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Variable Windowing Implementation

IP.com Disclosure Number: IPCOM000099436D
Original Publication Date: 1990-Jan-01
Included in the Prior Art Database: 2005-Mar-14
Document File: 4 page(s) / 158K

Publishing Venue

IBM

Related People

Herrod, JA: AUTHOR

Abstract

When windows are used to project multiple presentation spaces onto a single visual display terminal, it is essential to be able to reformat the contents of the presentation space in the window as the size and shape of the window is changed. For example, dialogs using a command line must avoid having the command line clipped from the window. The technique used to do this is called variable windowing.

This text was extracted from an ASCII text file.
This is the abbreviated version, containing approximately 37% of the total text.

Variable Windowing Implementation

       When windows are used to project multiple presentation
spaces onto a single visual display terminal, it is essential to be
able to reformat the contents of the presentation space in the window
as the size and shape of the window is changed.  For example, dialogs
using a command line must avoid having the command line clipped from
the window.  The technique used to do this is called variable
windowing.

      This disclosure solves the problems of implementing variable
windowing by using a presentation manager to do the work for the
application.  When the application defines the areas within a panel,
it also specifies, to the presentation manager, how they are to be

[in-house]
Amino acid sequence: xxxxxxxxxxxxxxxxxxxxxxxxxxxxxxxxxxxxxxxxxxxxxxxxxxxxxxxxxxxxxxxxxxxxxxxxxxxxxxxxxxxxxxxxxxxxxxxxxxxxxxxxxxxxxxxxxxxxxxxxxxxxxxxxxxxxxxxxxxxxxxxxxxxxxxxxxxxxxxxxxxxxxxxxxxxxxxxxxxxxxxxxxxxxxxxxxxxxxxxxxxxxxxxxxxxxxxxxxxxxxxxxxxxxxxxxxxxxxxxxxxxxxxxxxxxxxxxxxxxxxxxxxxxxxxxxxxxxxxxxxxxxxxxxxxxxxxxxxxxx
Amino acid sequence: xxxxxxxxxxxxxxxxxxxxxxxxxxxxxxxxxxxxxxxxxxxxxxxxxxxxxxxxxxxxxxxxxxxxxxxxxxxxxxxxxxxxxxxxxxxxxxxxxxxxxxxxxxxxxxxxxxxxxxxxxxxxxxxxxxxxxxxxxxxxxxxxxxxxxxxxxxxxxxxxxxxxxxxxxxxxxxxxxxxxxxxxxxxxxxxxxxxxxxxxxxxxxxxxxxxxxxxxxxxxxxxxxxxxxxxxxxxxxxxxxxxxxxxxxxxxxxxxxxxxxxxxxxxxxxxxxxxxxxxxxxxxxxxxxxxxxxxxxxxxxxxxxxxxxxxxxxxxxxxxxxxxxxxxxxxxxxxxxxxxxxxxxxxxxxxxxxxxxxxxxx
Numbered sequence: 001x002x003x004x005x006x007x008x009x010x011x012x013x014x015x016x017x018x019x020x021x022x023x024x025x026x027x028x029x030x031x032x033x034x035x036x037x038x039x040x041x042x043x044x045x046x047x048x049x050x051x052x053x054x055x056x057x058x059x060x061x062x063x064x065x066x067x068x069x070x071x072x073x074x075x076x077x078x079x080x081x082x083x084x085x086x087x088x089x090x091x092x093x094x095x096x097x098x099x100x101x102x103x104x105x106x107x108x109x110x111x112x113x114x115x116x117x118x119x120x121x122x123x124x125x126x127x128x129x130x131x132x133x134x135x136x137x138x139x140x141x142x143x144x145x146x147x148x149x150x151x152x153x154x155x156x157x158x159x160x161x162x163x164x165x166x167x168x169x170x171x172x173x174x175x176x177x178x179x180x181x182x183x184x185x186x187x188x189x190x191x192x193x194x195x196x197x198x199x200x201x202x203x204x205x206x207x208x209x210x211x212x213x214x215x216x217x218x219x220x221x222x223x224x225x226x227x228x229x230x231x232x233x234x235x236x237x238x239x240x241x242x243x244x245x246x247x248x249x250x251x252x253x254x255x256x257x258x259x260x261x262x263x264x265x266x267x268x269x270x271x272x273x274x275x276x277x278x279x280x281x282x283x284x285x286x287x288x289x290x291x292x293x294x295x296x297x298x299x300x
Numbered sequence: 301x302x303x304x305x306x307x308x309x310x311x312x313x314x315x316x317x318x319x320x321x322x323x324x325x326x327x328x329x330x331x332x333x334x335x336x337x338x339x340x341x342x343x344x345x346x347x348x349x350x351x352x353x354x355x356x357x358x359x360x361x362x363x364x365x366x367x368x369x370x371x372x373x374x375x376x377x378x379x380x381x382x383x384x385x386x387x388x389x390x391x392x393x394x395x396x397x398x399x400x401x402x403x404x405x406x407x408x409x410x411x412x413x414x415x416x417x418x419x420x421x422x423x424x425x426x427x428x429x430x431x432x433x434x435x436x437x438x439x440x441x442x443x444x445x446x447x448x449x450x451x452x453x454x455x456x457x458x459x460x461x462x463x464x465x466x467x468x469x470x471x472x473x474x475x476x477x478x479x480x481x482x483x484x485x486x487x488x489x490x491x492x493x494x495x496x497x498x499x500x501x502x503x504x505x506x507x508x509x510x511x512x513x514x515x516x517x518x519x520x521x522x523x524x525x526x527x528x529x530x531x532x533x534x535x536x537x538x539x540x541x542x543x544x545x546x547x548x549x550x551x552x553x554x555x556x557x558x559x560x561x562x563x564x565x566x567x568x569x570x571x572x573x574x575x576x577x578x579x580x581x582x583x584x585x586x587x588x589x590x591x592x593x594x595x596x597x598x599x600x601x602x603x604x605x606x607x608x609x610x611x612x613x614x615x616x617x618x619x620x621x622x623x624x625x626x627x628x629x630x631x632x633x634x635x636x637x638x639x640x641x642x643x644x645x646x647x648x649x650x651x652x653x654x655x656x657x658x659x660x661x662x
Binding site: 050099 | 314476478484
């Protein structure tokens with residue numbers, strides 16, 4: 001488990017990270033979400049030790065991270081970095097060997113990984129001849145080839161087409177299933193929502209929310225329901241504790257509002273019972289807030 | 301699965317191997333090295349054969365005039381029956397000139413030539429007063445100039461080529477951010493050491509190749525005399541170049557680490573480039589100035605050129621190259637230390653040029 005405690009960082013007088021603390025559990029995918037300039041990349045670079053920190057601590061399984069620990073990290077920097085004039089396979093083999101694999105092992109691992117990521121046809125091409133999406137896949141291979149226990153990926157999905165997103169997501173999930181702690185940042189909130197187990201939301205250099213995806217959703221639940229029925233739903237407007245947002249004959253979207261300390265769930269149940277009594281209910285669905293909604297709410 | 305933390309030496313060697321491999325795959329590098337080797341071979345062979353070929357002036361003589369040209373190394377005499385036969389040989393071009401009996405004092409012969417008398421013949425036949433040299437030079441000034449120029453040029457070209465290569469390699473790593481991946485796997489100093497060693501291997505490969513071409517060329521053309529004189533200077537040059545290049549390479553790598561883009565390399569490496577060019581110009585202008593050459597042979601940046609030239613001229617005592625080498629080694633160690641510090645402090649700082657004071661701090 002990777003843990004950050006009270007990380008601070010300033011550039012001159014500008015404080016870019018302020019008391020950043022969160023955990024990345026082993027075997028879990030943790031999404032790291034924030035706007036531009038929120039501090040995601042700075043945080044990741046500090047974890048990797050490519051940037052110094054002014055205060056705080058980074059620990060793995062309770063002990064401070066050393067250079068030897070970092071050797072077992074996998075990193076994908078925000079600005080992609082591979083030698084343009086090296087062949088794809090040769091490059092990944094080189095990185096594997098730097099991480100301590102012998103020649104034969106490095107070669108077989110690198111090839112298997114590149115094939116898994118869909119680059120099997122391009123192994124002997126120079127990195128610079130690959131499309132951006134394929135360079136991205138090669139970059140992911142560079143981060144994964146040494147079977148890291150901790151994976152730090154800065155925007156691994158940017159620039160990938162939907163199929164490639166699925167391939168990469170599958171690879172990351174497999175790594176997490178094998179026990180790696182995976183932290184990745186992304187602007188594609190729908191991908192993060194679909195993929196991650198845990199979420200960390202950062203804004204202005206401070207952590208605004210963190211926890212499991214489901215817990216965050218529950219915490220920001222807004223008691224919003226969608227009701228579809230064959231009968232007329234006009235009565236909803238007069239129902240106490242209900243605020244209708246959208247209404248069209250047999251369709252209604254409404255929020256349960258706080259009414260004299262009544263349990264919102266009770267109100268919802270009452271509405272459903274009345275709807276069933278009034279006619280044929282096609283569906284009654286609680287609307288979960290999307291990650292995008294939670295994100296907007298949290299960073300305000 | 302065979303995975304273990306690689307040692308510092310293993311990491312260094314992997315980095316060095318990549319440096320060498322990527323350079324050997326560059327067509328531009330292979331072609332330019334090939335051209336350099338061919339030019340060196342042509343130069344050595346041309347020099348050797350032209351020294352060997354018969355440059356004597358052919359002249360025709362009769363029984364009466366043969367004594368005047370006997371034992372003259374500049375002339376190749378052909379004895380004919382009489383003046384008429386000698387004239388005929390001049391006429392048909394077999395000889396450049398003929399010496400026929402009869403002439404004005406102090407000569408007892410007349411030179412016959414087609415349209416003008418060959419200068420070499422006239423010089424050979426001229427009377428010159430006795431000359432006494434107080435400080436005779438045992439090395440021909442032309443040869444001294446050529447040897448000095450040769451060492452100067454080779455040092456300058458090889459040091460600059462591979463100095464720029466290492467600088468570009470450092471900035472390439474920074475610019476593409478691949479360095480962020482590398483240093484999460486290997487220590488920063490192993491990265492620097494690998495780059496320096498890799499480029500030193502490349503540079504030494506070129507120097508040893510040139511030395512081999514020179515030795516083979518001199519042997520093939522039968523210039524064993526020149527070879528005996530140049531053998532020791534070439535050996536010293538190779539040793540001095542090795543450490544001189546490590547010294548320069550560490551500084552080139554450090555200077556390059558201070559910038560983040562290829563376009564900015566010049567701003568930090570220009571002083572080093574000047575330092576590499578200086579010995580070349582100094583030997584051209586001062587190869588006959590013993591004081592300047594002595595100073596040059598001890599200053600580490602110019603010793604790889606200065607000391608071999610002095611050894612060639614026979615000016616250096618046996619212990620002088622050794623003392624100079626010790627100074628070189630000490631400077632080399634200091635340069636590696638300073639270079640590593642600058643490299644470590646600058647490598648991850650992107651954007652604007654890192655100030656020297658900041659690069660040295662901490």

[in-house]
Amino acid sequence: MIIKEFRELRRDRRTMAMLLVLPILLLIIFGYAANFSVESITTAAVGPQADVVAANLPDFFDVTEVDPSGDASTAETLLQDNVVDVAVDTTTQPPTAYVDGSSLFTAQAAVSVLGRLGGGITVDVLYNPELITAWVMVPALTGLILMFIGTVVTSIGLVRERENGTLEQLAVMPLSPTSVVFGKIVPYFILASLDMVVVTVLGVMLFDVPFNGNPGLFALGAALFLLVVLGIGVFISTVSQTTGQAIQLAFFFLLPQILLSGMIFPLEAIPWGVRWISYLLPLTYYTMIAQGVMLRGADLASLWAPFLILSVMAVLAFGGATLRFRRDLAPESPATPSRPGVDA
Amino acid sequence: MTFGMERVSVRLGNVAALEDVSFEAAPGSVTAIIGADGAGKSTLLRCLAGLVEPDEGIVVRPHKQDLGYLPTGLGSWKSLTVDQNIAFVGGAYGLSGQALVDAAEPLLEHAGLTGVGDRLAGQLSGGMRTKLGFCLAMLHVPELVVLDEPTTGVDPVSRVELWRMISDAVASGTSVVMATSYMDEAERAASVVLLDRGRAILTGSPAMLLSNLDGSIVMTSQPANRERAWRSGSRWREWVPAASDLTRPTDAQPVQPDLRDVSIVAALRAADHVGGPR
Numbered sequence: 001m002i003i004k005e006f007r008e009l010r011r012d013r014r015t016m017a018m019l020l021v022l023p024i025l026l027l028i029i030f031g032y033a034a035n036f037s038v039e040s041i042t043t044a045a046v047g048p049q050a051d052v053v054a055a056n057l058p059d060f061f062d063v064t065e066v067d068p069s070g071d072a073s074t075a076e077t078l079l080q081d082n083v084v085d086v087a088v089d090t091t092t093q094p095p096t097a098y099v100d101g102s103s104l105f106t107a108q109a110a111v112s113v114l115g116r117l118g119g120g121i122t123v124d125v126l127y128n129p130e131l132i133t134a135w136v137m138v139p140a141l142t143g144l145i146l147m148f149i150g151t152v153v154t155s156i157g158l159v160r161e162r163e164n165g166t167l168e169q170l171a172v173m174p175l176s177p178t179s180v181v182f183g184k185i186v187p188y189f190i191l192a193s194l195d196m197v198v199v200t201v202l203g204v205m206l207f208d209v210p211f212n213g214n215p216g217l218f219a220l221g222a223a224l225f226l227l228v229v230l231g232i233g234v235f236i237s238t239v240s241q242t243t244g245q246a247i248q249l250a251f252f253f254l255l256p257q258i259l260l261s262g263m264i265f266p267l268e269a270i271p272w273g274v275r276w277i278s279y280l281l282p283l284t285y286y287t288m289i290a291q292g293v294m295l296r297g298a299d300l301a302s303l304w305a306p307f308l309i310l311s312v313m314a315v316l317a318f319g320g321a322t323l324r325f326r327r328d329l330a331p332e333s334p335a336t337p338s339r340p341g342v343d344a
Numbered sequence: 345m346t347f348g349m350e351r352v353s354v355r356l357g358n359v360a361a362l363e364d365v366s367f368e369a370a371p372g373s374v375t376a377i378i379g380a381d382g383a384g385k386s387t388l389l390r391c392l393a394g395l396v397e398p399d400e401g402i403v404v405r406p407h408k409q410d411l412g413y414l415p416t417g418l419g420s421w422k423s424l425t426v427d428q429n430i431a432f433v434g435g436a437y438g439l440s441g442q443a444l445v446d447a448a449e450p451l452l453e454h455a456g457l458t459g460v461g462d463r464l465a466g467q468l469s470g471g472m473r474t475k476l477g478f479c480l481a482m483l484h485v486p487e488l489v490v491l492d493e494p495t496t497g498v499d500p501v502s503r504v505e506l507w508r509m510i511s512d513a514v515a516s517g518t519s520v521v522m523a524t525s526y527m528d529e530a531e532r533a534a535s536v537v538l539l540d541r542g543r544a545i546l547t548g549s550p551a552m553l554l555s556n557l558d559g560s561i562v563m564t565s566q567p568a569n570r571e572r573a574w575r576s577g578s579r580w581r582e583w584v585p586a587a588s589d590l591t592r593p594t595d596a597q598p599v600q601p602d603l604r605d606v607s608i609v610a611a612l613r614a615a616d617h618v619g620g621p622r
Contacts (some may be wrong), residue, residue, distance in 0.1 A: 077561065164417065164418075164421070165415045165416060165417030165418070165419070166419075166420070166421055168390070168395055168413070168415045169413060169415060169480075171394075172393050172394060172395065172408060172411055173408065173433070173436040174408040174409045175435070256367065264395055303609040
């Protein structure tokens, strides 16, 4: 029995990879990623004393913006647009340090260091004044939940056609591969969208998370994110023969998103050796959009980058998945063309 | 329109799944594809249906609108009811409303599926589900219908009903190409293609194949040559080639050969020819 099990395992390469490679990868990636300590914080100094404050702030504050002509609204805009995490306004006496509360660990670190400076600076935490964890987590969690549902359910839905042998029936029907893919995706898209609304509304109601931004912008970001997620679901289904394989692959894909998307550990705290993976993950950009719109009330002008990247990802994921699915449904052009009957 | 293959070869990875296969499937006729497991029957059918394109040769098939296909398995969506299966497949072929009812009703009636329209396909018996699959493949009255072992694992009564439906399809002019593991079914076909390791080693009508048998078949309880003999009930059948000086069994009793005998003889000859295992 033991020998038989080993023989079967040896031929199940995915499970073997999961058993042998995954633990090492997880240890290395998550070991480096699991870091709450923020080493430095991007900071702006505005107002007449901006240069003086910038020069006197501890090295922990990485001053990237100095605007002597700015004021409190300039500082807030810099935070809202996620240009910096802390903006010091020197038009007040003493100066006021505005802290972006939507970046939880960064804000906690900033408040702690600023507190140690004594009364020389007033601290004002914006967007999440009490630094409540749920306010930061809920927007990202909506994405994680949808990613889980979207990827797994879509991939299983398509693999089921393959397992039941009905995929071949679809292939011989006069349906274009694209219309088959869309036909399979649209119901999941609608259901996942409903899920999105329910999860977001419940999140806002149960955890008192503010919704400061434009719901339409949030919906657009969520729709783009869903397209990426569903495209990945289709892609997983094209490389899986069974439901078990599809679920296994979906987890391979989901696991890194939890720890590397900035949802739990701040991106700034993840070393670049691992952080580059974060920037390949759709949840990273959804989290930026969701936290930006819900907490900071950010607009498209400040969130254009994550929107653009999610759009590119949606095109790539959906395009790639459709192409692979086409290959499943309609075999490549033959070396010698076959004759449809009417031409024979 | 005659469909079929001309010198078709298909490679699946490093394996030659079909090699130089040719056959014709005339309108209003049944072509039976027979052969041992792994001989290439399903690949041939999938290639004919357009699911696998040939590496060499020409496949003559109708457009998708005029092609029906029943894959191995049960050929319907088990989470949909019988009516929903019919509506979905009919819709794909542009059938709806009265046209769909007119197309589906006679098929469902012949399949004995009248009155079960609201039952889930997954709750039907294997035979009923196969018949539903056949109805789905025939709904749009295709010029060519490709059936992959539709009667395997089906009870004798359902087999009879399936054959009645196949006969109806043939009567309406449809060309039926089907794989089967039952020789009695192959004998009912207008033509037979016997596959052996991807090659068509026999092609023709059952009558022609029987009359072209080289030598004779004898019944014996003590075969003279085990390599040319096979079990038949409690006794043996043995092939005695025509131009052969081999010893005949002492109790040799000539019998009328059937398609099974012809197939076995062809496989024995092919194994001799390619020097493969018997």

moved and sized in response to changes in window size.  It is an
efficient scheme to enable applications to specify projection
functions to a presentation manager that calculates the size and
position of the panel area, scales it and, if need be, can download
it to an intelligent workstation.  As a result, applications become
simpler and the need to duplicate the function in many applications
is removed.

      The applications are shielded from the complexities of
providing exit routines.  Simplification of the applications task
means that the average application programmer can write an
application using variable windowing.  The scheme for specifying
projection functions can be incorporated into panel definitions
produced by a panel editor.  Better performance characteristics
result because the window sizing processing is contained within the
presentation manager. There are no API call and task switching
overheads involved in invoking the application via an exit routine.
Background and terminology is given in the Appendix. The Technique

      When an application defines areas within a panel, it also
specifies, to the presentation manager, how they are to be moved and
sized in response to changes in window size. We require a
straightforward and efficient way for the application to define the
projection functions for the panel areas.  The class of projection
functions required for panel area row position and depth are both
functions of the window depth, and the projection functions for panel
area column position and width are both functions of the window
width. These functions are not necessarily simple.  Example:  For a
window depth of 32, the depth of a panel area may be 24, and reduce
as the window depth is reduced, until a depth of 8 is reached, after
which the depth may stay constant while an adjacent area is being
reduced in size.  If the window depth is decreased further then the
depth of the original area will eventually have to decrease again.
This could be defined mathematically as:
    ad = (wd-8,  32>=wd>=16,
    (   8,  16>=wd>=8,
    (  wd,   8>=wd>=0, where 'ad' is the area depth, and 'wd' is the
window depth. Or it could be represented graphically as follows :
    24 º x
   ...